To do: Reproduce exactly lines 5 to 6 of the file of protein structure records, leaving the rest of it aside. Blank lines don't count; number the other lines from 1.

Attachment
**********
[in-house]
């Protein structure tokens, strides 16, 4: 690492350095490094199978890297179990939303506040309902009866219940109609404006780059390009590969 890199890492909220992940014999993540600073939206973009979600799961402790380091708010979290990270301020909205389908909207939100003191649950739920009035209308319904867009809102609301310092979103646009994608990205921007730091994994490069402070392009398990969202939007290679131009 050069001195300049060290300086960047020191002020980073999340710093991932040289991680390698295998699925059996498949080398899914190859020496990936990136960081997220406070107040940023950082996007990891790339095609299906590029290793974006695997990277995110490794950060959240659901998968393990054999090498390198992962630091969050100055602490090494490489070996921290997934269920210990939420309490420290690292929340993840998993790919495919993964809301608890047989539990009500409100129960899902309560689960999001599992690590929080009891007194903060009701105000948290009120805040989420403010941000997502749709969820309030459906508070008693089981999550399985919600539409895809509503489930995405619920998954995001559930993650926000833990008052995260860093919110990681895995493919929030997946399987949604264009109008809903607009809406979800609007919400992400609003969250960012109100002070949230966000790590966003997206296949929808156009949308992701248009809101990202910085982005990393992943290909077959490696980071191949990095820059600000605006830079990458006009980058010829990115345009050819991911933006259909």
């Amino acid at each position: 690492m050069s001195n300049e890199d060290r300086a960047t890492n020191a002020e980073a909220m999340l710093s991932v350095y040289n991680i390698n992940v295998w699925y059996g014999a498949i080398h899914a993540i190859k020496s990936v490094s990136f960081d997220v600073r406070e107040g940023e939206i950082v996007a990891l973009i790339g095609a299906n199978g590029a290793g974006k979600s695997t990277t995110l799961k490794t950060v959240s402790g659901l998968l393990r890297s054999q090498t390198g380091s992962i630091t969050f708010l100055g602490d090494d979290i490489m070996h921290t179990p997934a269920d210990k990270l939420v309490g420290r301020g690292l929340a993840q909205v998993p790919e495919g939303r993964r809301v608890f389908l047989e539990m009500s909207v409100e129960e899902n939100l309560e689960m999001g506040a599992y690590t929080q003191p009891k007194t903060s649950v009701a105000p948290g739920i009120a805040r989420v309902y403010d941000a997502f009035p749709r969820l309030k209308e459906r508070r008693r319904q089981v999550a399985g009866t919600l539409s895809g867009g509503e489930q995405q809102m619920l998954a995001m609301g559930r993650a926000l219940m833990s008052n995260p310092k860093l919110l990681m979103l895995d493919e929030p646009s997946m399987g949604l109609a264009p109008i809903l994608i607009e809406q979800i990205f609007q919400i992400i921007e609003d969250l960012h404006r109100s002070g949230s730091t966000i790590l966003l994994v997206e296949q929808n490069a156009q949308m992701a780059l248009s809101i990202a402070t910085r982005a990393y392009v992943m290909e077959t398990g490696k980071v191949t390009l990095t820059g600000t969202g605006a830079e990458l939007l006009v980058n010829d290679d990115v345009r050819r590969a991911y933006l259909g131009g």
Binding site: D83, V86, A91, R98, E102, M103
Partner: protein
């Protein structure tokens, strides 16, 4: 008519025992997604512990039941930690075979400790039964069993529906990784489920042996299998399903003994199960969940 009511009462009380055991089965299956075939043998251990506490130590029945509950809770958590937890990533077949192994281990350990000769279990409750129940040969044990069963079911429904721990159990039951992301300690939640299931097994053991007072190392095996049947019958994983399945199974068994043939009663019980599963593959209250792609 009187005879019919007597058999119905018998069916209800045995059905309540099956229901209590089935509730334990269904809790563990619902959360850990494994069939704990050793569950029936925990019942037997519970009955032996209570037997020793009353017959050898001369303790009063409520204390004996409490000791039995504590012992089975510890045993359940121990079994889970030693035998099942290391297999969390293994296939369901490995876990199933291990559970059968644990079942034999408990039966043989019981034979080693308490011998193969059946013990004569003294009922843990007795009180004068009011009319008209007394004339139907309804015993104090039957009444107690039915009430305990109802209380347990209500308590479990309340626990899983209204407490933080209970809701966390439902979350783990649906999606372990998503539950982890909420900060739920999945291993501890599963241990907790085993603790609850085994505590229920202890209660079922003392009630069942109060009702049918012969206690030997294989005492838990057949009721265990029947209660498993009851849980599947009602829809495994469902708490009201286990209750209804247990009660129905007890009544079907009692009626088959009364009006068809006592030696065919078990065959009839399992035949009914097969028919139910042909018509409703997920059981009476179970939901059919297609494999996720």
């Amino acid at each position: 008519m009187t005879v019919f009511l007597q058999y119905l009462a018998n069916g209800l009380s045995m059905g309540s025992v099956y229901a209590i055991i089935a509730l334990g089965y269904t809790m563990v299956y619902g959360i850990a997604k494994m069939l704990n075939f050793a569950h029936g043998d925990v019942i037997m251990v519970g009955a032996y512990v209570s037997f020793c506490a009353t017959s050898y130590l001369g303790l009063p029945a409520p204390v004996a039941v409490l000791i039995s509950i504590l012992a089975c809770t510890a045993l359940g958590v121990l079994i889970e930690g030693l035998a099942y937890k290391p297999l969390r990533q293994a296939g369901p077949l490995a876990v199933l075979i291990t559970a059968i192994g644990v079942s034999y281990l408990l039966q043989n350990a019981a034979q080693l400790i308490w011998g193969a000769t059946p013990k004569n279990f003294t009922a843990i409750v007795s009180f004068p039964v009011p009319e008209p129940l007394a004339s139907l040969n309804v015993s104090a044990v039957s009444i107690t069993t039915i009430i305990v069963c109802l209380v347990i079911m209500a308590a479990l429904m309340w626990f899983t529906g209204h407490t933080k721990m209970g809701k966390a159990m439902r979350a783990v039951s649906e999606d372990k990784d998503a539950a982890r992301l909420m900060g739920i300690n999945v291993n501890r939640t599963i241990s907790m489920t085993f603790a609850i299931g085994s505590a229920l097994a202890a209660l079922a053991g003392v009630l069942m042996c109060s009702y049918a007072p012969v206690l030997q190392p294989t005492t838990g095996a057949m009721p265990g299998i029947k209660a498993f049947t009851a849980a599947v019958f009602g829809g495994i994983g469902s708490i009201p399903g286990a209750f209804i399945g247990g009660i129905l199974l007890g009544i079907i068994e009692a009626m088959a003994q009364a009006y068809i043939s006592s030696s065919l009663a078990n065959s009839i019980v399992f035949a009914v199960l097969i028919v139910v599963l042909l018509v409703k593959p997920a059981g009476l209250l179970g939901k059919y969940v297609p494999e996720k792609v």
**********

Partner: protein
């Protein structure tokens, strides 16, 4: 008519025992997604512990039941930690075979400790039964069993529906990784489920042996299998399903003994199960969940 009511009462009380055991089965299956075939043998251990506490130590029945509950809770958590937890990533077949192994281990350990000769279990409750129940040969044990069963079911429904721990159990039951992301300690939640299931097994053991007072190392095996049947019958994983399945199974068994043939009663019980599963593959209250792609 009187005879019919007597058999119905018998069916209800045995059905309540099956229901209590089935509730334990269904809790563990619902959360850990494994069939704990050793569950029936925990019942037997519970009955032996209570037997020793009353017959050898001369303790009063409520204390004996409490000791039995504590012992089975510890045993359940121990079994889970030693035998099942290391297999969390293994296939369901490995876990199933291990559970059968644990079942034999408990039966043989019981034979080693308490011998193969059946013990004569003294009922843990007795009180004068009011009319008209007394004339139907309804015993104090039957009444107690039915009430305990109802209380347990209500308590479990309340626990899983209204407490933080209970809701966390439902979350783990649906999606372990998503539950982890909420900060739920999945291993501890599963241990907790085993603790609850085994505590229920202890209660079922003392009630069942109060009702049918012969206690030997294989005492838990057949009721265990029947209660498993009851849980599947009602829809495994469902708490009201286990209750209804247990009660129905007890009544079907009692009626088959009364009006068809006592030696065919078990065959009839399992035949009914097969028919139910042909018509409703997920059981009476179970939901059919297609494999996720």